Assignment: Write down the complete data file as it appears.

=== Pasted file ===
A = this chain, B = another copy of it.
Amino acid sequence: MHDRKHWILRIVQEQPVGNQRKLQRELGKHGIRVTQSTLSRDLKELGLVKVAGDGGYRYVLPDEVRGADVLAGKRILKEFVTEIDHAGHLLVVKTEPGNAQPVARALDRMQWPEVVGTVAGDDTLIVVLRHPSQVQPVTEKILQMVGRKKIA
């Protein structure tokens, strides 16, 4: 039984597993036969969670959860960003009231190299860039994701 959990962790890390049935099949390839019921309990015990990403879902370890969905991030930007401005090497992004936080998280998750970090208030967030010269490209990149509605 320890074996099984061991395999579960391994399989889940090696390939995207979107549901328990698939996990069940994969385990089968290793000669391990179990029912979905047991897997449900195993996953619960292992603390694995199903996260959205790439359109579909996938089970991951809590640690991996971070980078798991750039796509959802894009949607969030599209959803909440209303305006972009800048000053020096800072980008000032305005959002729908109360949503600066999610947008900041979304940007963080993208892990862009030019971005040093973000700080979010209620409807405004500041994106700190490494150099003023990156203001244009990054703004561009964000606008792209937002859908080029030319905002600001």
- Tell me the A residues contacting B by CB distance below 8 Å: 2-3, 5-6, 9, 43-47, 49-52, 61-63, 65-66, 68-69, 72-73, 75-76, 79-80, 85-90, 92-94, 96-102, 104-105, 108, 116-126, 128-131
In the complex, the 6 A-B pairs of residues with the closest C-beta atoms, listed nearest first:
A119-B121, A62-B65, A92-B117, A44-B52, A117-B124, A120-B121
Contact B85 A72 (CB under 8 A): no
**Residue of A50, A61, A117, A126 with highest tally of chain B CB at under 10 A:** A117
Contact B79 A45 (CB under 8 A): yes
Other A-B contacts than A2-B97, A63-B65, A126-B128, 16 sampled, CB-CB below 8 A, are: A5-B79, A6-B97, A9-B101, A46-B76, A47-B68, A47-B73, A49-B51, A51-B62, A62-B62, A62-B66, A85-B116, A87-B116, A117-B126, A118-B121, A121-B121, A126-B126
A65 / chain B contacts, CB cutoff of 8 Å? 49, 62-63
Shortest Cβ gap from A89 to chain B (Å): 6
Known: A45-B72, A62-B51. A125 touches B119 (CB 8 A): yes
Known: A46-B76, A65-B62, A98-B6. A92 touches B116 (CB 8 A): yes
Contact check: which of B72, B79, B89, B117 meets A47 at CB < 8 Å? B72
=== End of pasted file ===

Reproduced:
A = this chain, B = another copy of it.
Amino acid sequence: MHDRKHWILRIVQEQPVGNQRKLQRELGKHGIRVTQSTLSRDLKELGLVKVAGDGGYRYVLPDEVRGADVLAGKRILKEFVTEIDHAGHLLVVKTEPGNAQPVARALDRMQWPEVVGTVAGDDTLIVVLRHPSQVQPVTEKILQMVGRKKIA
């Protein structure tokens, strides 16, 4: 039984597993036969969670959860960003009231190299860039994701 959990962790890390049935099949390839019921309990015990990403879902370890969905991030930007401005090497992004936080998280998750970090208030967030010269490209990149509605 320890074996099984061991395999579960391994399989889940090696390939995207979107549901328990698939996990069940994969385990089968290793000669391990179990029912979905047991897997449900195993996953619960292992603390694995199903996260959205790439359109579909996938089970991951809590640690991996971070980078798991750039796509959802894009949607969030599209959803909440209303305006972009800048000053020096800072980008000032305005959002729908109360949503600066999610947008900041979304940007963080993208892990862009030019971005040093973000700080979010209620409807405004500041994106700190490494150099003023990156203001244009990054703004561009964000606008792209937002859908080029030319905002600001």
- Tell me the A residues contacting B by CB distance below 8 Å: 2-3, 5-6, 9, 43-47, 49-52, 61-63, 65-66, 68-69, 72-73, 75-76, 79-80, 85-90, 92-94, 96-102, 104-105, 108, 116-126, 128-131
In the complex, the 6 A-B pairs of residues with the closest C-beta atoms, listed nearest first:
A119-B121, A62-B65, A92-B117, A44-B52, A117-B124, A120-B121
Contact B85 A72 (CB under 8 A): no
**Residue of A50, A61, A117, A126 with highest tally of chain B CB at under 10 A:** A117
Contact B79 A45 (CB under 8 A): yes
Other A-B contacts than A2-B97, A63-B65, A126-B128, 16 sampled, CB-CB below 8 A, are: A5-B79, A6-B97, A9-B101, A46-B76, A47-B68, A47-B73, A49-B51, A51-B62, A62-B62, A62-B66, A85-B116, A87-B116, A117-B126, A118-B121, A121-B121, A126-B126
A65 / chain B contacts, CB cutoff of 8 Å? 49, 62-63
Shortest Cβ gap from A89 to chain B (Å): 6
Known: A45-B72, A62-B51. A125 touches B119 (CB 8 A): yes
Known: A46-B76, A65-B62, A98-B6. A92 touches B116 (CB 8 A): yes
Contact check: which of B72, B79, B89, B117 meets A47 at CB < 8 Å? B72